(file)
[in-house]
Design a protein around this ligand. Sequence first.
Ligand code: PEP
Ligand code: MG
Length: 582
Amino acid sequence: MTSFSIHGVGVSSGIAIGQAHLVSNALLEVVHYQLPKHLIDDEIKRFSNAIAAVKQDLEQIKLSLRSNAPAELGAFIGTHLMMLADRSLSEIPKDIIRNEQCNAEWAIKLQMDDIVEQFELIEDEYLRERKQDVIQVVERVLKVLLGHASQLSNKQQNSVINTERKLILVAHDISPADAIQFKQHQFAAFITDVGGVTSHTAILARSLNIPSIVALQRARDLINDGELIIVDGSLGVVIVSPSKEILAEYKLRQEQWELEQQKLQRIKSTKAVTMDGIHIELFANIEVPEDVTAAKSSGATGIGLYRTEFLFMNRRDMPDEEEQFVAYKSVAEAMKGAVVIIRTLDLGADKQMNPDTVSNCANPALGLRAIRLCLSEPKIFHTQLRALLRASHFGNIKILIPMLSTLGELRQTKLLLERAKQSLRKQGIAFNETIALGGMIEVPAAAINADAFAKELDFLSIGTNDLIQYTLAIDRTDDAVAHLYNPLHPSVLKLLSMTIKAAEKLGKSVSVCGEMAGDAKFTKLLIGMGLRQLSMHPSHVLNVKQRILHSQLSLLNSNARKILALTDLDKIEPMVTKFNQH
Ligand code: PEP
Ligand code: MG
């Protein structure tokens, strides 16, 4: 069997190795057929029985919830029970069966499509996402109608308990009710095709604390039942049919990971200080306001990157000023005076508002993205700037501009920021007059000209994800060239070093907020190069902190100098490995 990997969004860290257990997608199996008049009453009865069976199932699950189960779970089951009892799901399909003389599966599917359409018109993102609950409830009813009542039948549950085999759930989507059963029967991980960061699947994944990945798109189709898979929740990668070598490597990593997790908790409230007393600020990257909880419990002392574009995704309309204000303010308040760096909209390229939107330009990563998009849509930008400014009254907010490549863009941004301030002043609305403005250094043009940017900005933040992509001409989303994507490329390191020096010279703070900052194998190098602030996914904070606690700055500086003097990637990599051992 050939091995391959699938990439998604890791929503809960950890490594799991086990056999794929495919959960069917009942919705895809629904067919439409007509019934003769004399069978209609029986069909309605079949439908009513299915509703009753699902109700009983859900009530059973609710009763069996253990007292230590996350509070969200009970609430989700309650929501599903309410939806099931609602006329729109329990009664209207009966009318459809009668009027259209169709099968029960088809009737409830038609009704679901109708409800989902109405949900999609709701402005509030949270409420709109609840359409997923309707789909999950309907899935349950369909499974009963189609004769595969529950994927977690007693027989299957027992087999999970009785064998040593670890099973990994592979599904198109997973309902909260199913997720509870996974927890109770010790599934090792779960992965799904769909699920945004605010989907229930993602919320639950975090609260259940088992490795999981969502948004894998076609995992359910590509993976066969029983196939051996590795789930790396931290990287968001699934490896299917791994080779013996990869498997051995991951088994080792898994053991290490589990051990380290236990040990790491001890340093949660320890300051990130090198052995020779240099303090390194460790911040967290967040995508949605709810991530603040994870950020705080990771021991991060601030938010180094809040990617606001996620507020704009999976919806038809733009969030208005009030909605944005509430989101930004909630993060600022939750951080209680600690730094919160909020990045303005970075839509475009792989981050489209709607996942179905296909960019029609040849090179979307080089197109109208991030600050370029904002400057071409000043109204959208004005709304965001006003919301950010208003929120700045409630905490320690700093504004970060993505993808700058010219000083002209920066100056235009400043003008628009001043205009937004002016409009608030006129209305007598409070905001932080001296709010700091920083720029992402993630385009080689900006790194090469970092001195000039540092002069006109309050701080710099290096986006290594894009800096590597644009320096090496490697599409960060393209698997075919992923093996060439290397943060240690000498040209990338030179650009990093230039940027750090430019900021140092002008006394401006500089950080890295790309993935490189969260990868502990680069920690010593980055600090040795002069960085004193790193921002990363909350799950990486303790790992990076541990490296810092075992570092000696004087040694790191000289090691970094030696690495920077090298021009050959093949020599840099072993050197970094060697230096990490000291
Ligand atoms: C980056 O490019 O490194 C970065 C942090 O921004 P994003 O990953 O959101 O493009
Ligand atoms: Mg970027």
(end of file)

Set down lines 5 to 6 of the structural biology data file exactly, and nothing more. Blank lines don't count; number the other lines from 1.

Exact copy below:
Length: 582
Amino acid sequence: MTSFSIHGVGVSSGIAIGQAHLVSNALLEVVHYQLPKHLIDDEIKRFSNAIAAVKQDLEQIKLSLRSNAPAELGAFIGTHLMMLADRSLSEIPKDIIRNEQCNAEWAIKLQMDDIVEQFELIEDEYLRERKQDVIQVVERVLKVLLGHASQLSNKQQNSVINTERKLILVAHDISPADAIQFKQHQFAAFITDVGGVTSHTAILARSLNIPSIVALQRARDLINDGELIIVDGSLGVVIVSPSKEILAEYKLRQEQWELEQQKLQRIKSTKAVTMDGIHIELFANIEVPEDVTAAKSSGATGIGLYRTEFLFMNRRDMPDEEEQFVAYKSVAEAMKGAVVIIRTLDLGADKQMNPDTVSNCANPALGLRAIRLCLSEPKIFHTQLRALLRASHFGNIKILIPMLSTLGELRQTKLLLERAKQSLRKQGIAFNETIALGGMIEVPAAAINADAFAKELDFLSIGTNDLIQYTLAIDRTDDAVAHLYNPLHPSVLKLLSMTIKAAEKLGKSVSVCGEMAGDAKFTKLLIGMGLRQLSMHPSHVLNVKQRILHSQLSLLNSNARKILALTDLDKIEPMVTKFNQH